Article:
State might use ARP money to clean illegal dumps on Wind River Indian Reservation

RIVERTON — State officials want to use federal American Rescue Plan funding to help clean up illegal dump sites on the Wind River Indian Reservation. 

A recent inventory showed there are almost 30 illegal dump sites on the reservation, containing a total of more than 25 acre-feet of trash –– more than 30,800 cubic meters. The sites range in size, the smallest measuring .01 acre-feet off of Gas Hills Road just east of Riverton, and the largest measuring 6 acre-feet off of Left Hand Ditch Road north of Arapaho. 

“These illegal sites weren’t totally created by tribal members,” Wyoming Rep. Lloyd Larsen, R-Lander, said in August during a meeting of the state’s Select Committee on Tribal Relations. “We know that. …The state needs to help participate to clean that mess up as well.” 

He said he proposed the idea when Wyoming Gov. Mark Gordon reached out to legislators asking for suggestions about potential uses for the state’s ARP money. 

“(Gordon) said, ‘This is one-time money. What do you think we could do with this to make a legacy impact on the state of Wyoming?’” Larsen recalled. “And knowing that the tribes each would have some ARP money coming to them … my sell to the governor was, ‘Why don’t we reach out to the tribes and leverage like amounts?’” 

Emily Soli, special counsel for Gordon’s office, said the problem of illegal dump sites “continues to be a priority for the governor’s office,” and “there is broad consensus that this is an inter-jurisdictional problem, and we need an inter-jurisdictional solution to this problem.”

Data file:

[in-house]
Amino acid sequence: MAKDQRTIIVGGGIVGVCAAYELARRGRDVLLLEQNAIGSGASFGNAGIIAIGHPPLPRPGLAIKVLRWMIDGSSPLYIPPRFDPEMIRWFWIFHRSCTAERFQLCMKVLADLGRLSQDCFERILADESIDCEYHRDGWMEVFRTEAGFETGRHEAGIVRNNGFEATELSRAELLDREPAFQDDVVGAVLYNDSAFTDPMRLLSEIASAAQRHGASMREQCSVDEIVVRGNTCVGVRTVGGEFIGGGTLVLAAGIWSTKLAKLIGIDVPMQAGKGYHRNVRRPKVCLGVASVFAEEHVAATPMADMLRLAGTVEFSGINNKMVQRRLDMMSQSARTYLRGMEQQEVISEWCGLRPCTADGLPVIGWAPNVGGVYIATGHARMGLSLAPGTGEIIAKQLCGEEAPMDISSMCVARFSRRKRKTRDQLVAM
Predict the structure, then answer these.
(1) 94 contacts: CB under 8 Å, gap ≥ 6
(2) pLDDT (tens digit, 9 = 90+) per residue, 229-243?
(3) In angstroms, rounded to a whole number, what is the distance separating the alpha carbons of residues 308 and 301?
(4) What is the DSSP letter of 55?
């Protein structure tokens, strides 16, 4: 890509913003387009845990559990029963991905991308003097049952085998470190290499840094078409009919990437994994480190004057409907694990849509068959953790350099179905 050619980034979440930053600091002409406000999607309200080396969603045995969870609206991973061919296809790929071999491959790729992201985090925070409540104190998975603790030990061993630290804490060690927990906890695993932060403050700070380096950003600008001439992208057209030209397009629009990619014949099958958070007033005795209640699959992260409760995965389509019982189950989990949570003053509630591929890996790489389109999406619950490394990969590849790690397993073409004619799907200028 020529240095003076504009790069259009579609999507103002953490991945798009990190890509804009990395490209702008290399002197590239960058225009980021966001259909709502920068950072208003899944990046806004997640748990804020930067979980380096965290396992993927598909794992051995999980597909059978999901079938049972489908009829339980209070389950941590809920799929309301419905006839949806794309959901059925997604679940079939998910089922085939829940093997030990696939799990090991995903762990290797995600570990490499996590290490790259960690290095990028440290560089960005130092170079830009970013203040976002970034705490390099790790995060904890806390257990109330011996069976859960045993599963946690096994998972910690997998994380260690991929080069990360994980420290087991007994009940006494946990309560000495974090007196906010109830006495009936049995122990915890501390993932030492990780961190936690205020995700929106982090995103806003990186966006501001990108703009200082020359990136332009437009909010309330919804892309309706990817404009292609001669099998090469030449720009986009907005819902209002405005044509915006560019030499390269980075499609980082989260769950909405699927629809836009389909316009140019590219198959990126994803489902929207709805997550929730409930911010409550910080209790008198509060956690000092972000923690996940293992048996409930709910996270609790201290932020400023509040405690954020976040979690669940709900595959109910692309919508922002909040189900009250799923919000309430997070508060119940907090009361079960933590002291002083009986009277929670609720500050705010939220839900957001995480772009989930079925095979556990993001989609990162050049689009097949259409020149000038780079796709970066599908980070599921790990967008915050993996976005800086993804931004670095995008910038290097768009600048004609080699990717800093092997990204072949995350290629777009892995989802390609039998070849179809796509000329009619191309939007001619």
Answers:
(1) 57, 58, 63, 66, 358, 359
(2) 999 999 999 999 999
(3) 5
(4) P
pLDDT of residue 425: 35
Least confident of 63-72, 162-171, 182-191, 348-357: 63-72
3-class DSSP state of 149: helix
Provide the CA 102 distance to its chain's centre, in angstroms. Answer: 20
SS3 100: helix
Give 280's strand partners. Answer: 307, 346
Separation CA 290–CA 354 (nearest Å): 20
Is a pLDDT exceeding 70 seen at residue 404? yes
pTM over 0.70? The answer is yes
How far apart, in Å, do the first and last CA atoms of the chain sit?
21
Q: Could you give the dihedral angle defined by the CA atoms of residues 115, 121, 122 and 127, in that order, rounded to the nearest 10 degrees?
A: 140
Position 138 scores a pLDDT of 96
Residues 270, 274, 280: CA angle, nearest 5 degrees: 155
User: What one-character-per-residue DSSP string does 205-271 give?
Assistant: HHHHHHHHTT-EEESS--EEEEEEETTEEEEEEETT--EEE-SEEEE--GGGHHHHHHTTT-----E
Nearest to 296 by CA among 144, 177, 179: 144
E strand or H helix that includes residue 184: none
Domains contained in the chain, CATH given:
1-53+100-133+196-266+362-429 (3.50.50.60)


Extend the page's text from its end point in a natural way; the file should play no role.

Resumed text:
She said Gordon plans to present a recommendation for use of the ARP money in December to the Wyoming Legislature, which is the “ultimate decision-maker in how these ARP dollars are invested.” 

During a tribal relations committee meeting in October, Eastern Shoshone Business Council Chair John St. Clair said the Eastern Shoshone Tribe agreed with Larsen’s proposal. 

“We haven’t obligated all of our ARP funds yet,” St. Clair said. “We would be willing to contribute an equal amount with the northern Arapaho Tribe into that initiative to clean up all of the dumps on the reservation. … We’re on board for that as long (as) the state contributes a reasonable amount that’s commensurate with our contribution.”

He added that the Environmental Protection Agency and Indian Health Service also should be involved. 

EPA Regional 8 Tribal Waste Management Coordinator Alison Ruhs said she is more focused on “the enforcement side” of the problem. 

“We don’t want these dumps to come back,” she said during the October meeting. 

The EPA has contributed funding from its General Assistance Program to help re-establish a permanent commission to address environmental issues on the Wind River Indian Reservation, and St. Clair said the tribes are in the process of appointing representatives to the committee that will re-establish that commission. 

While that work is ongoing, Ruhs said she continues to meet bi-weekly with tribal officials as they develop an integrated management plan that will help prevent continued illegal dumping on the reservation. 

St. Clair said changes are being proposed to the tribal law and order codes to more explicitly outlaw – and punish – illegal dumping, improper disposal of hazardous waste, open burning, waste accumulation, regular waste, construction waste, animal carcasses, and damage to solid waste equipment. 

The “severe civil penalties” included in the code are enforceable against non-Indians, St. Clair noted. 

“Sometimes there’s a problem with collecting your fines,” he said. “But like other governments, we do have the authority to garnish wages.” 

Wyoming Sen. Affie Ellis, R-Cheyenne, asked whether off-reservation agencies are cooperative when presented with requests to garnish non-Indian wages. 

“We’ve seen some problems – normally with Fremont County,” St. Clair responded. “There was some, I suppose, opposition to doing that.”